Wednesday, April 07, 2010

How Would Ehrlich Balance the Budget?

At his campaign announcement this morning, former GOP Governor Bob Ehrlich said he would seek a repeal of the 2007 increase in the sales tax from 5% to 6%. But given the state’s massive fiscal problems, how can Ehrlich do that and meet his constitutional requirement to balance the budget?

Maryland is facing gigantic budget deficits as far as the eye can see. A November fiscal update shows structural deficits of more than $2 billion per year every year through FY 2015.

A sales tax cut would make matters worse. A group of Republican Delegates sponsored a bill this year that would reduce the sales tax from 6% to 5%, which is exactly what Ehrlich is proposing. The bill’s fiscal note estimates that the cut would deprive the state of more than $700 million a year by FY 2014. And since the Transportation Trust Fund receives a small portion of the sales tax, transportation spending – a major priority of the business community – would take a hit too.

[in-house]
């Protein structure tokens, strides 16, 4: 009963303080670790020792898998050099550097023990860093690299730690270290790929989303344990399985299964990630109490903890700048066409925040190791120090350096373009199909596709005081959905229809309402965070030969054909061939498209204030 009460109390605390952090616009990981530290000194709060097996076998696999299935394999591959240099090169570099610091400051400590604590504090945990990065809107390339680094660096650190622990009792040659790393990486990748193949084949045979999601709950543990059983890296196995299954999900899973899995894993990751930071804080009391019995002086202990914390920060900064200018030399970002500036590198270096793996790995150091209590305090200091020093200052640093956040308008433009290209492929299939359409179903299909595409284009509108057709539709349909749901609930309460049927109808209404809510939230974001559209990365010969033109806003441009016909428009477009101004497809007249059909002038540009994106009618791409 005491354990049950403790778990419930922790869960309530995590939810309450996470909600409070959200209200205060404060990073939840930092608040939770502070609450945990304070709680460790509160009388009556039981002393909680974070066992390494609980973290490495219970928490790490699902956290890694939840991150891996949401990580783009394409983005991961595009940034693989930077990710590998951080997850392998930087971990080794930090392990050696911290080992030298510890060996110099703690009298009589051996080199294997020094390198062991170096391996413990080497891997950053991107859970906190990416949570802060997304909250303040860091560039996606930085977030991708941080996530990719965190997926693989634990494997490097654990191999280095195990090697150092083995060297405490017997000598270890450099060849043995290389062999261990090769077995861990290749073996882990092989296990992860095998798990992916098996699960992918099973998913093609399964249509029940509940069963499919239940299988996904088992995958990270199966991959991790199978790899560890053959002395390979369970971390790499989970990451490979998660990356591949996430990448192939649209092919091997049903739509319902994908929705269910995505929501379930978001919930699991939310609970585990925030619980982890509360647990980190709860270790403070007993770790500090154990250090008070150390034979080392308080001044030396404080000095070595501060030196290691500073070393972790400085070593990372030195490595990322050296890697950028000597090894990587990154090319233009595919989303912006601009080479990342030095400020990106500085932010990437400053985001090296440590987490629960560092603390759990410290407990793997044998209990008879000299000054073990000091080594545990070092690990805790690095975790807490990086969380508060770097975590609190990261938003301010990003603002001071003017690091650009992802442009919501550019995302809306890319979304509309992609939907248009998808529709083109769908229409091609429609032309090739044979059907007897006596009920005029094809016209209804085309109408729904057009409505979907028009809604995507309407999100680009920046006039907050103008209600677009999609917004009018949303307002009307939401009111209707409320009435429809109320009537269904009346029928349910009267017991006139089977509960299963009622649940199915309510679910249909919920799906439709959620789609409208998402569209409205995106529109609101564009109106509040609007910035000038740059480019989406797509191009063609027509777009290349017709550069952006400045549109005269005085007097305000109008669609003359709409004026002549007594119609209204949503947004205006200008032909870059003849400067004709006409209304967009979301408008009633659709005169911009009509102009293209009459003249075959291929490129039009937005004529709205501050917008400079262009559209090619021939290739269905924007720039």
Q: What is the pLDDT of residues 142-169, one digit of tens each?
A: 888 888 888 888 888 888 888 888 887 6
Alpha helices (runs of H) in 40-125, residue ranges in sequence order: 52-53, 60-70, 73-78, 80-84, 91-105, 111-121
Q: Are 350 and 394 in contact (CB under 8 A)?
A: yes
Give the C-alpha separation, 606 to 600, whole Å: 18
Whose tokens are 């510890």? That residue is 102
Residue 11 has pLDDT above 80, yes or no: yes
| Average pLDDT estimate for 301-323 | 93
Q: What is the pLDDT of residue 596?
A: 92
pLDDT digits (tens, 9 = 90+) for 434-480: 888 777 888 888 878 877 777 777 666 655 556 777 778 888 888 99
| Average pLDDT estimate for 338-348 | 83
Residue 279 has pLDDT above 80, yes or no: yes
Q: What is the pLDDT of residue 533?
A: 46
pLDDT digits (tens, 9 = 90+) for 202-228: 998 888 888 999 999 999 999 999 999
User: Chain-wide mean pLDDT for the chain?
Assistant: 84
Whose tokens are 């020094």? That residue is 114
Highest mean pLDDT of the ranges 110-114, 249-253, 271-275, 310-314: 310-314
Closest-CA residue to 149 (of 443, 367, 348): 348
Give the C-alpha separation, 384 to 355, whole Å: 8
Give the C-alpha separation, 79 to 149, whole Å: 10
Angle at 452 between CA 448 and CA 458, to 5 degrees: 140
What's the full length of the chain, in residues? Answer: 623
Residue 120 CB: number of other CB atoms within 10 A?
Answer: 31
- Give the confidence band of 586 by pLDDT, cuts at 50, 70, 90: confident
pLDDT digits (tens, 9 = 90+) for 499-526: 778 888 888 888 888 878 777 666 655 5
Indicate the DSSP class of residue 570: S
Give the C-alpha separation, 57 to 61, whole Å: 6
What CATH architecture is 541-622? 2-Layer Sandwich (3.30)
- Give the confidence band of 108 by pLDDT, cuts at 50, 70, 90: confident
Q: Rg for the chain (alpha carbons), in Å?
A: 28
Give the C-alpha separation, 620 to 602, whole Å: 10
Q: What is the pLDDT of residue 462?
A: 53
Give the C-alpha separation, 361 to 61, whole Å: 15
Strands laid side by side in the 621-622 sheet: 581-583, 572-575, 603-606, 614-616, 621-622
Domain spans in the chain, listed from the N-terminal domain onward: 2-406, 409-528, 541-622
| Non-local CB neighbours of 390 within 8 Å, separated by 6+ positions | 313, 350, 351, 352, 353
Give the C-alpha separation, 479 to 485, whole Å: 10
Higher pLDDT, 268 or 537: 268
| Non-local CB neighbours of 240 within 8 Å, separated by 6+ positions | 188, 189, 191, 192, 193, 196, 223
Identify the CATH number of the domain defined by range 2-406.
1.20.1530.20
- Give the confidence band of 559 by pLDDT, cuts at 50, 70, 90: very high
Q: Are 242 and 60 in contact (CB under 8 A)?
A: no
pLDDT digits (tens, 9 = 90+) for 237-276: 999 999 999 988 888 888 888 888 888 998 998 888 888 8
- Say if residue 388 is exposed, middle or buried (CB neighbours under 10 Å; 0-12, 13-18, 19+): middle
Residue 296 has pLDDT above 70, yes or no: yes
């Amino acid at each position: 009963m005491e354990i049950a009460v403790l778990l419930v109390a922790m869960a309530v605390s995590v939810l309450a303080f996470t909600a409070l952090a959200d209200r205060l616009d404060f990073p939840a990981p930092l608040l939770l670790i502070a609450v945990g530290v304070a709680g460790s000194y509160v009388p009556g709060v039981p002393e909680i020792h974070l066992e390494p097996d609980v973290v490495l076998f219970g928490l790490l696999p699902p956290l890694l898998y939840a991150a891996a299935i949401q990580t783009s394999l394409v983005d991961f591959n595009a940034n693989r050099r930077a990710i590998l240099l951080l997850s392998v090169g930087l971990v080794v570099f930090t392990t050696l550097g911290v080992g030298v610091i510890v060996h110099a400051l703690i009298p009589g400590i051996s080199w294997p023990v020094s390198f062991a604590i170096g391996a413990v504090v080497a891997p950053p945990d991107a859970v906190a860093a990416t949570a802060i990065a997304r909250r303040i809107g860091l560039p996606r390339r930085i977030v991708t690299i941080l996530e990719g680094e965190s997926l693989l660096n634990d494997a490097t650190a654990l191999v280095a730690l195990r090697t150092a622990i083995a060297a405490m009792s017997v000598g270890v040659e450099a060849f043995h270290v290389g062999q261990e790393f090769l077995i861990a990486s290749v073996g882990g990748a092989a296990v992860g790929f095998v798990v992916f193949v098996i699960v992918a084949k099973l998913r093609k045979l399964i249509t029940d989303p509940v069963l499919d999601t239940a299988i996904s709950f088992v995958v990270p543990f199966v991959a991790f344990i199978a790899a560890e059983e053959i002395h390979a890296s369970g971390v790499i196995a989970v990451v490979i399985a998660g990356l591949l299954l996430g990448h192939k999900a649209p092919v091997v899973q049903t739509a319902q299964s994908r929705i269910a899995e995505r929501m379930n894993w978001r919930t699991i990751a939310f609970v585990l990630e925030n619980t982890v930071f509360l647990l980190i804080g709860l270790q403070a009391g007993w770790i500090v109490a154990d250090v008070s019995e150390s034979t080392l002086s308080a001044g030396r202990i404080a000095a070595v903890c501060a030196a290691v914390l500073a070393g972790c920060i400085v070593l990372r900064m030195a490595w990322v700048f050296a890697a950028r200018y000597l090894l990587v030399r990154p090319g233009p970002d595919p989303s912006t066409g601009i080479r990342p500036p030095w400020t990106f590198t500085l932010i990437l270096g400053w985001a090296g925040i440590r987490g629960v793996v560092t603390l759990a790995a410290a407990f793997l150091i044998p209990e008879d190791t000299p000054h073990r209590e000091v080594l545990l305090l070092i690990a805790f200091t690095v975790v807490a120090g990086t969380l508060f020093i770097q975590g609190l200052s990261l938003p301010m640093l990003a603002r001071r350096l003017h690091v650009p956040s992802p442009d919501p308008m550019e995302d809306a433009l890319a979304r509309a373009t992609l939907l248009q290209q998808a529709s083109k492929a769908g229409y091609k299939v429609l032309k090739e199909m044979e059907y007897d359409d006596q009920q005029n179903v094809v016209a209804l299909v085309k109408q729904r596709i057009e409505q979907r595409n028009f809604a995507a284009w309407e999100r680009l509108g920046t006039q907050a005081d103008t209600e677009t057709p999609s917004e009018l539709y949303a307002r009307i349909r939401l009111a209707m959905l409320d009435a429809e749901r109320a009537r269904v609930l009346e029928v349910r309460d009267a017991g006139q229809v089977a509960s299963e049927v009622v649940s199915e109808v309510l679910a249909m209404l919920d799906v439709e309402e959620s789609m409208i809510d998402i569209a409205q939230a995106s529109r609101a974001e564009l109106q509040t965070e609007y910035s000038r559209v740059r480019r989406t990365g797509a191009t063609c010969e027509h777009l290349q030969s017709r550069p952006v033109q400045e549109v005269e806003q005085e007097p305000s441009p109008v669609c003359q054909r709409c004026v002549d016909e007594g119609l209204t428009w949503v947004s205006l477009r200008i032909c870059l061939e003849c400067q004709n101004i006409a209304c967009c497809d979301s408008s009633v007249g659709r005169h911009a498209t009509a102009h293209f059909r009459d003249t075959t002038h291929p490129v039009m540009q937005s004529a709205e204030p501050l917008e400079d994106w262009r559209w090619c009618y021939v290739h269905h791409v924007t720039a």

Here is what the state structural deficits would look like before and after the tax cut.

Let’s keep in mind how big these deficits would be. Three billion dollars is almost a quarter of the state’s $13 billion general fund in FY 2010. That sum exceeds what the state spends on higher education, the state police, foster care payments and the judiciary combined.

So how would Ehrlich balance the budget? His campaign statement does not include a no-new-taxes pledge but does promise to “fix” the budget and help small businesses. It is noteworthy that immediately after his election last time, Ehrlich raised property taxes – provoking grumbles from Republicans that he had gone back on his pledge to avoid new taxes in 2002. And if Ehrlich really wants to help small businesses, he would lower the top marginal income tax rates, which apply to business income earned by sole proprietors. Why didn’t he make that pledge instead?

The State Democrats would like the media to ask Ehrlich about his law firm activities and his former protégé, RNC Chairman Michael Steele. Our advice is to ask Ehrlich to reconcile his impossible fiscal promises.